David: The surrender of Joe Biden
Joe Biden is the cheese-eating surrender monkey of New Hampshire. Before the polls even closed he fled the state to go to his Maginot Line of South Carolina. But the war may already be lost there too as Biden’s bulwark of black voters, at least nationally, appears to be increasingly backing former New York mayor Mike Bloomberg. I don’t see that the former vice president has a plan to recover from two brutal losses in Iowa and New Hampshire.
And now Andrew Yang is ending his campaign before the results are even in. I guess he figures if he can’t be the fifth candidate to beat Biden then there’s really no point.
Jill: Another one calls it quits.
We won’t have Colorado Sen. Michael Bennet to kick around anymore, either. That’s two down, three to go, by my post-Iowa reckoning. Waiting for you, Tulsi Gabbard, Tom Steyer and Deval Patrick. Biden could be next, judging by a New Hampshire finish that could end up in single digits.
David: We liked Yang the most
Of all the candidates we’ve lost, Yang added the most original and likeable personality. I wish I could figure out where his supporters go. Didn’t he send them to Elizabeth Warren in the Iowa caucuses? In any case New Hampshire is a more organized repeat of Iowa with Bernie Sanders and Pete Buttigieg finishing on top.
Jill: Warren wants to be where everyone’s supporters go
In remarks early Tuesday night, she presented herself as the second coming of George W. Bush — a uniter, not a divider. That and her new emphasis on practicality would have been a more workable strategy before she went all in on Medicare for All.
Even so, I’m surprised at the place she’s found herself in. She is the perfect candidate for this Gilded Age moment — I wrote that last year and I still believe it — but that’s in theory. In execution, she squandered that advantage. If I’d been running her campaign, once everyone knew she was the one with “a plan for that” and who nevertheless persisted, I would have gone hard on biography.
The best ad she’s run so far, in my view, is “Why She Will Beat Him.” It contrasts her Oklahoma girlhood, her father in his janitor’s uniform and how she got debts forgiven for scammed students, with President Donald Trump growing up in a mansion, his wealthy real estate developer father, and his fraudulent university. Maybe it’s not too late for her, but the vital signs aren’t good.
David: Why support Warren?
It is hard to figure out where Warren’s support comes from. Folks who like Bernie Sanders, but don’t want the Communist fan-boy baggage? Those who want to see the first woman president? People who want a revolution, but done with calm and detailed planning?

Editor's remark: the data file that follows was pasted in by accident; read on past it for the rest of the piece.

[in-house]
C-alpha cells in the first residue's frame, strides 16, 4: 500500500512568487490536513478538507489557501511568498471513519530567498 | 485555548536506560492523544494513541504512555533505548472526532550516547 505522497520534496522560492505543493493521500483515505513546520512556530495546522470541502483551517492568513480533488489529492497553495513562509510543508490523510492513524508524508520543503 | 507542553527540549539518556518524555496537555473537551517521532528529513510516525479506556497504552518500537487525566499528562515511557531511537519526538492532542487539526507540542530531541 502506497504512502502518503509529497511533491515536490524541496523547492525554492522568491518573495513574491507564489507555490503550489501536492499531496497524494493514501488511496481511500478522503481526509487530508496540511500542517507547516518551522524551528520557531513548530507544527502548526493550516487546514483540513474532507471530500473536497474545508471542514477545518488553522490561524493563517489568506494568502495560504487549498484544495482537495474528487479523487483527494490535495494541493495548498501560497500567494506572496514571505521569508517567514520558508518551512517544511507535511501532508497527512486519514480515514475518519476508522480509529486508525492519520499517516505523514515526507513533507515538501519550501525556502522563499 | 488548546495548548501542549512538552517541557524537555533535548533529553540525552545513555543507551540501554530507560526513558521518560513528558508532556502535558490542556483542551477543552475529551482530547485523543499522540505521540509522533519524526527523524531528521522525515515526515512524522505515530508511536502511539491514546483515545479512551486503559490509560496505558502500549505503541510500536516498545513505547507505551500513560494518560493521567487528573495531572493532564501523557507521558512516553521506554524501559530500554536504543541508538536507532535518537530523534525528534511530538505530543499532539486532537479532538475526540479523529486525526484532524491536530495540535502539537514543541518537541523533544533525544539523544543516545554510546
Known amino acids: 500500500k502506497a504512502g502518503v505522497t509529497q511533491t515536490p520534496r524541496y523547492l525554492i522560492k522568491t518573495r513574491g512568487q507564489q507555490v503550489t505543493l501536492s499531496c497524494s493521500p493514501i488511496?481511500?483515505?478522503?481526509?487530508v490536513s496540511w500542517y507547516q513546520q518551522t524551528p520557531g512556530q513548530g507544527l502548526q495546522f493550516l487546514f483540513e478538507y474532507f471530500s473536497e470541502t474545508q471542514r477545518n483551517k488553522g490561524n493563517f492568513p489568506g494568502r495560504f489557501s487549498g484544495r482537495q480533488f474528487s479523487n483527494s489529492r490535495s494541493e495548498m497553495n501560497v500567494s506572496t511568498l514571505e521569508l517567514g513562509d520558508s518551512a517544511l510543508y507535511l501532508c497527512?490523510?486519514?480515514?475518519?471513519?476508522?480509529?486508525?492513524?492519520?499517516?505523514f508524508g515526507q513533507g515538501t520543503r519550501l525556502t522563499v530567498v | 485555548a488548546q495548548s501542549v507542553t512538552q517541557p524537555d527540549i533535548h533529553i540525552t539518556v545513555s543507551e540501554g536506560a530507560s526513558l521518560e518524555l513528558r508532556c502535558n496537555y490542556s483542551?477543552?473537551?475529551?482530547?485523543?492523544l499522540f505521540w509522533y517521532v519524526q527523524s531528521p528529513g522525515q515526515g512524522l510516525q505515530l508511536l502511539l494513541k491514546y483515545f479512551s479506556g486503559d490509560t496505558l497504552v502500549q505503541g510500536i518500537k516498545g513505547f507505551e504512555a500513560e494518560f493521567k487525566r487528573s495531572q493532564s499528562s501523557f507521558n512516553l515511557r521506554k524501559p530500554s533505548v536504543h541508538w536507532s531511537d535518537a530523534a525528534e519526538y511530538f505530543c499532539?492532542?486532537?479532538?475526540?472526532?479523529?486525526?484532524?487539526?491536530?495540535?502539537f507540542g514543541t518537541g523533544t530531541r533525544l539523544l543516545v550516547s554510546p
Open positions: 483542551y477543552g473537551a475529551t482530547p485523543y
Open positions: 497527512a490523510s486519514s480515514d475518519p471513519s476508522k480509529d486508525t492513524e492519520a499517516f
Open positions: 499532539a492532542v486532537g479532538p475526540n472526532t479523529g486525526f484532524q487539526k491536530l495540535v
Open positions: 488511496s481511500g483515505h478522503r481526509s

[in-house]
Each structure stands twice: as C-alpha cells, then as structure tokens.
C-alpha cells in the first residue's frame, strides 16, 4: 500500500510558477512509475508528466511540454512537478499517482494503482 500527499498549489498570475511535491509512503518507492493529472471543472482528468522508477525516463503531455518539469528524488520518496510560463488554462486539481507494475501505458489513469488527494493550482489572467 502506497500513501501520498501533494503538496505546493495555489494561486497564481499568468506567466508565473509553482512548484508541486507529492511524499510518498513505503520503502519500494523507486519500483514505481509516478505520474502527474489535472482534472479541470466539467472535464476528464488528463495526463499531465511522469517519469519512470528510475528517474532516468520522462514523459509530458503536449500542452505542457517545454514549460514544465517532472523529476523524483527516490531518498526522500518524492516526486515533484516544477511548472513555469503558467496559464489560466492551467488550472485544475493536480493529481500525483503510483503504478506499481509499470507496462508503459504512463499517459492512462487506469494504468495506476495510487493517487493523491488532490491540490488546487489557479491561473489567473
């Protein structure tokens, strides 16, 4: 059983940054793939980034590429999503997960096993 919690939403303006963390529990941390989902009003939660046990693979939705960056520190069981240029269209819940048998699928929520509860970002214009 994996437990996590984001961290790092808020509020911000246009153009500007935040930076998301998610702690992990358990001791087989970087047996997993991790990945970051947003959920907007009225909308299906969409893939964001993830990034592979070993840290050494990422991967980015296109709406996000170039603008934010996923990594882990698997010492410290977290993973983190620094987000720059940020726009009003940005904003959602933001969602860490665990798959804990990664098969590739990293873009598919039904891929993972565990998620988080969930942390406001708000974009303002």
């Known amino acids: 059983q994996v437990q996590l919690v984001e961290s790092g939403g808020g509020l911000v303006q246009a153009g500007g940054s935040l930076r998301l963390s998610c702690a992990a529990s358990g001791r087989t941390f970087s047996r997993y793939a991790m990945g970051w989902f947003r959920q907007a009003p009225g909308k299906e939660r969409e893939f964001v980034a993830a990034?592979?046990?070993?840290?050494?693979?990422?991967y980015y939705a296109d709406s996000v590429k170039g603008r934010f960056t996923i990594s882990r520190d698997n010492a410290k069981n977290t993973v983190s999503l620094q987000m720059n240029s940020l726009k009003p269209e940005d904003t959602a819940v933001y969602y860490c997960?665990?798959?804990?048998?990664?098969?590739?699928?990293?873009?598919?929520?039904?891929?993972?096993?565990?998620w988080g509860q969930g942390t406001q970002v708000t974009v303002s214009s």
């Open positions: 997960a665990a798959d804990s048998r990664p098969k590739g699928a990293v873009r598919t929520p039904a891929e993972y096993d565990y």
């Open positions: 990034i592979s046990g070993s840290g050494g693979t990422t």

Does her support head to both Bernie and Amy Klobuchar? If you look at this race as having three lanes — progressive, fusion and centrist — Sanders and Warren are running in the far left lane. That was about 35% of the vote in New Hampshire. The progressive lane has less commanding showing if part of that support bleeds to Klobuchar.
Lumping together Klobuchar and Biden, the centrists hit 28%. Last is the fusion lane blending progressive policy ideas with centrist packaging, that’s Pete Buttigieg at 24%. He seems to be in a commanding position if voters give him a fresh look nationally. I can see Biden voters and Warren voters gravitating to the former Indiana mayor.
Jill: Too bad for Mayor Pete that there aren’t too many of them left.
Klobuchar of Minnesota emerged as a contender in a matter of days and managed to clobber Warren of Massachusetts in the state next door. What’s even more stunning is that Biden’s candidacy collapsed in the same blink of an eye.
He ran bad presidential races in 1988 and 2008, and while he had a good debate against Paul Ryan in 2012, that was also the year he made an offhand joke about Republicans putting black people back in chains. By unshackling Wall Street! But still.
It has been only six years since the Joe Biden of the Corvette stingray and cool sunglasses, but it seems like 60. There’s been little recent polling in Nevada or South Carolina, the next two contests, but the trend so far is clear. Girding for a battle for the soul of America, Democrats are concluding that two of its most famous, highly respected politicians won’t be able to win it.
David Mastio, a libertarian conservative, is the deputy editor of USA TODAY’s editorial page. Jill Lawrence, a center-left liberal, is the commentary editor of USA TODAY. Follow them on Twitter: @DavidMastio and @JillDLawrence